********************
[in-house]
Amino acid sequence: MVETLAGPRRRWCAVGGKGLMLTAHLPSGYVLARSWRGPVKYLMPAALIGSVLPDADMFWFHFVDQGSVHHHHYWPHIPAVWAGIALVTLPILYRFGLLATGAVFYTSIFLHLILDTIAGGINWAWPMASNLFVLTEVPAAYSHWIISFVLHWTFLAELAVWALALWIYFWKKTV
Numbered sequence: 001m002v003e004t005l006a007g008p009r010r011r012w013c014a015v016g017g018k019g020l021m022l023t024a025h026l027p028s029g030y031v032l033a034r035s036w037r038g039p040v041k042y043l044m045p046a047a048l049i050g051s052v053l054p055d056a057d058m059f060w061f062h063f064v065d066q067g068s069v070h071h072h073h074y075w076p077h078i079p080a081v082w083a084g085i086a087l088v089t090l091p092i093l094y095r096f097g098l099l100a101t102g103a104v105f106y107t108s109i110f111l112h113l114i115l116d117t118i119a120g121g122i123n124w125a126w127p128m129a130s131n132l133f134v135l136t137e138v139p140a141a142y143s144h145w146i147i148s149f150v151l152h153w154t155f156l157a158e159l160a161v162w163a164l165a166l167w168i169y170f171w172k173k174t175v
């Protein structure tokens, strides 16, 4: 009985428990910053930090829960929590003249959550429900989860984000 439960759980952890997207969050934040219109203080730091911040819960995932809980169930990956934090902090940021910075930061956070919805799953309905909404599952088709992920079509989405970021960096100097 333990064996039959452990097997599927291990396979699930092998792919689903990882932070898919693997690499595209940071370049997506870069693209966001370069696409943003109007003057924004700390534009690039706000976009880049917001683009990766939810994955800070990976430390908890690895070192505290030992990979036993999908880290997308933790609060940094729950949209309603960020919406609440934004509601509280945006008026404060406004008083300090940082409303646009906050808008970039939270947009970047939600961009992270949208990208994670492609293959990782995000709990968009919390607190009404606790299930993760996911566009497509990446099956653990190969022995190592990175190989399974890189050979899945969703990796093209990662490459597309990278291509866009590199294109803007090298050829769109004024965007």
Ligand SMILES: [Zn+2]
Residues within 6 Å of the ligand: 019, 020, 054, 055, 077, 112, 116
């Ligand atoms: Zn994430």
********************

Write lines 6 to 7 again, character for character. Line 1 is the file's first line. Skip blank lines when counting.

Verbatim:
Residues within 6 Å of the ligand: 019, 020, 054, 055, 077, 112, 116
């Ligand atoms: Zn994430």